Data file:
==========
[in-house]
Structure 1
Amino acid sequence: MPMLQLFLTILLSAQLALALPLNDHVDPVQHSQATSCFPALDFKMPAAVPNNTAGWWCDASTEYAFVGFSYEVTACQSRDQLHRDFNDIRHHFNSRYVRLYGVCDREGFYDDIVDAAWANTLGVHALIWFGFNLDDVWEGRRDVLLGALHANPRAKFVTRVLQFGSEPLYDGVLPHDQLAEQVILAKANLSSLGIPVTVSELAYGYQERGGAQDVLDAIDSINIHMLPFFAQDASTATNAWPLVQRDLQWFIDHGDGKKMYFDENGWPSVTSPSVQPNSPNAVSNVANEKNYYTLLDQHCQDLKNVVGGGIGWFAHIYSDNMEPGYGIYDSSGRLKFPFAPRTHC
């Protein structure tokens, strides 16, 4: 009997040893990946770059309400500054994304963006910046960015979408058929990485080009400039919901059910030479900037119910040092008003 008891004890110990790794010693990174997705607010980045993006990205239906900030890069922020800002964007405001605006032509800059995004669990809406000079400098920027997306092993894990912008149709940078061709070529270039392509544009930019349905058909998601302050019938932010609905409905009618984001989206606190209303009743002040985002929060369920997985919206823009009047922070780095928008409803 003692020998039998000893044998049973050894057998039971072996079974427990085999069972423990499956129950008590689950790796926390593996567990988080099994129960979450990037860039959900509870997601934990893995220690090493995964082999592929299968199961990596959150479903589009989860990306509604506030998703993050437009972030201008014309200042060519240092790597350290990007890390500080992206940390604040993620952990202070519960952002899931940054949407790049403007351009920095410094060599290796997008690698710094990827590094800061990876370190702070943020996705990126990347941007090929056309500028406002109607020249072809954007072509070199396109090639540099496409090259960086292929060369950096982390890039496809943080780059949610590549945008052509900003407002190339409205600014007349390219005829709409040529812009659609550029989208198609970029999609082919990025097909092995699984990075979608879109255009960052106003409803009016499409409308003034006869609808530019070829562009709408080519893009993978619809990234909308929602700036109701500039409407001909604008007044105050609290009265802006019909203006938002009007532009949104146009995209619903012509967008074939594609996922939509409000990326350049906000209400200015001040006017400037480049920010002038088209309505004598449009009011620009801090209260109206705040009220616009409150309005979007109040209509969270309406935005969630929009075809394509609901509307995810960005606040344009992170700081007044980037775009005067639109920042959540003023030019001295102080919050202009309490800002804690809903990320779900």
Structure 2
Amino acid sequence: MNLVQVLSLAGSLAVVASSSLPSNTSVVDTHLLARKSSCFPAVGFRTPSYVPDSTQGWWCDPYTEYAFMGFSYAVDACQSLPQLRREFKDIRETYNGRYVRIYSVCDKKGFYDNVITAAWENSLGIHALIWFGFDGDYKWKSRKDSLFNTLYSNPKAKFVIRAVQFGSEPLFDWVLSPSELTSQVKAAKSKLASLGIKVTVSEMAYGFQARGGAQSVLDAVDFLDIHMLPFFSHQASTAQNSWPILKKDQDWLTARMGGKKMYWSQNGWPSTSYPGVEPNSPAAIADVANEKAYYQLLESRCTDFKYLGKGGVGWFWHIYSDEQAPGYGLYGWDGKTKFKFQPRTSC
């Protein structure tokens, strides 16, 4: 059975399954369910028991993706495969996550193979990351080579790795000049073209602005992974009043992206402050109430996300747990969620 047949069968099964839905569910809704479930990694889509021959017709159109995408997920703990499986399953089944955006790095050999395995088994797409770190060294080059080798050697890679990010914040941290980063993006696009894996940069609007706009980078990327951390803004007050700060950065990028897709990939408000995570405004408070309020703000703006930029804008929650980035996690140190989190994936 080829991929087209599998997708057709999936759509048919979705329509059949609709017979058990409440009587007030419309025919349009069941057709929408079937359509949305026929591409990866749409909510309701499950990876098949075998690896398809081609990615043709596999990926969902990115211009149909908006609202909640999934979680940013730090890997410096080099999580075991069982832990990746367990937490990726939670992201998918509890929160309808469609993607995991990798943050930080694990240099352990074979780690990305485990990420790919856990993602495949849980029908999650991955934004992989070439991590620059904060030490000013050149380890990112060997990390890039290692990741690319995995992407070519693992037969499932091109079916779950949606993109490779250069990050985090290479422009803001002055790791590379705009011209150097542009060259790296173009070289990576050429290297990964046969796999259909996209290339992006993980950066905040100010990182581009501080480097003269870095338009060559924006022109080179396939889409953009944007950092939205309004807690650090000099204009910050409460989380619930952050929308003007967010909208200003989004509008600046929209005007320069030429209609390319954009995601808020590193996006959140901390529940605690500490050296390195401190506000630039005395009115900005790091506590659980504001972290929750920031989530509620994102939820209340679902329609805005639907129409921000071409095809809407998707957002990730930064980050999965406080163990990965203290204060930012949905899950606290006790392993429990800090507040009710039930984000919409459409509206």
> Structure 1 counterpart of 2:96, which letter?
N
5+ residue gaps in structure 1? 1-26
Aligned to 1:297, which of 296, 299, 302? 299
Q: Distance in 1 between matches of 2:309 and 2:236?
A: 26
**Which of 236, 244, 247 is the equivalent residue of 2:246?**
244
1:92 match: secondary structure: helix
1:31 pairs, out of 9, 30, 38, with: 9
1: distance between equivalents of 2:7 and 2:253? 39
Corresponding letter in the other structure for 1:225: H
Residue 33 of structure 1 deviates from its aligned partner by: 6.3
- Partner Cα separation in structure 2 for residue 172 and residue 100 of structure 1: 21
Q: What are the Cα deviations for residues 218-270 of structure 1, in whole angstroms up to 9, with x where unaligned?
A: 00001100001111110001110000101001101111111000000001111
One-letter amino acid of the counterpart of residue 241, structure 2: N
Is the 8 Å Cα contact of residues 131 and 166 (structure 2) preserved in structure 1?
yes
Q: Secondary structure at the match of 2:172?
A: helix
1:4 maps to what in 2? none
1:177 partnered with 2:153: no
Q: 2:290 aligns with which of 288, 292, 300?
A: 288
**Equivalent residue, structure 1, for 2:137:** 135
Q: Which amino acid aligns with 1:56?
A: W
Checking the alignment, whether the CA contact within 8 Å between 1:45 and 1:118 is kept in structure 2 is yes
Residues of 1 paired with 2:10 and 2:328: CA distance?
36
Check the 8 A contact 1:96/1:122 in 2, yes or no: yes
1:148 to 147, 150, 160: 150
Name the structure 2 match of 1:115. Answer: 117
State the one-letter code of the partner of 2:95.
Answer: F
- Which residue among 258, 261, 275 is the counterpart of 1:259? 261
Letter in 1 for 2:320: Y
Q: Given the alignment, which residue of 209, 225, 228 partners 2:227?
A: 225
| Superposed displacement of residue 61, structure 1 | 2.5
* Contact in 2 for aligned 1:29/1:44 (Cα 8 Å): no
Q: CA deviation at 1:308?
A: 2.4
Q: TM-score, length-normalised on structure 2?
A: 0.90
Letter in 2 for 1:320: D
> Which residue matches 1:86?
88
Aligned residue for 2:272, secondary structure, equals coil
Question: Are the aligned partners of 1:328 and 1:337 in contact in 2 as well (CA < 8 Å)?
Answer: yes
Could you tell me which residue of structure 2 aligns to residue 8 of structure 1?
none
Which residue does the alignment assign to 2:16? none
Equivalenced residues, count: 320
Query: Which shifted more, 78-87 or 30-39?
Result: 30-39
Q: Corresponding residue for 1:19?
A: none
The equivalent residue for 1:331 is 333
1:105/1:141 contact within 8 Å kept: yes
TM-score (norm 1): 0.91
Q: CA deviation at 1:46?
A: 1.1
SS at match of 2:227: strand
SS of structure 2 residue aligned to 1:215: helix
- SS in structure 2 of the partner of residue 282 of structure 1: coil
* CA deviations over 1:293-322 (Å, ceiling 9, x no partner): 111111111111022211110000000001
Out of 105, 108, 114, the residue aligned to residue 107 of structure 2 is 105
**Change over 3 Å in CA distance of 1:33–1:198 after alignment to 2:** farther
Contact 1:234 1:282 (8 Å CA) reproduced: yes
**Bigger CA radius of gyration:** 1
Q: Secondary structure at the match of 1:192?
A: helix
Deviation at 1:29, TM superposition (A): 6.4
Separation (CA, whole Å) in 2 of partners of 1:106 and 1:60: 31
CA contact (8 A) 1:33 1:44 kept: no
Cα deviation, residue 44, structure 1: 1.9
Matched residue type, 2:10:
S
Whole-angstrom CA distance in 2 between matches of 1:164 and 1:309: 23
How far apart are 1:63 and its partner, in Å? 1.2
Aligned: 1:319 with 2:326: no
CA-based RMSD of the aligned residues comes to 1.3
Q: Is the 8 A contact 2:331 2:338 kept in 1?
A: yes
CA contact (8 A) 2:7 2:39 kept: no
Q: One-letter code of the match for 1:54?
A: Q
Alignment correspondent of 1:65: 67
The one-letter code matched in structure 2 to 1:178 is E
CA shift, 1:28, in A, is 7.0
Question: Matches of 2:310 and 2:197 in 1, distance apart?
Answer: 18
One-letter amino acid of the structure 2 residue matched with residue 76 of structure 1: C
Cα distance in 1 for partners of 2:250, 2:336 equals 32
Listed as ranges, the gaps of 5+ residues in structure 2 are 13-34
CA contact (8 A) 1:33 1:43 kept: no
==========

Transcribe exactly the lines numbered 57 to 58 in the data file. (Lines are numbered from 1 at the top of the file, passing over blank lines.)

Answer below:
Aligned residue for 2:272, secondary structure, equals coil
Question: Are the aligned partners of 1:328 and 1:337 in contact in 2 as well (CA < 8 Å)?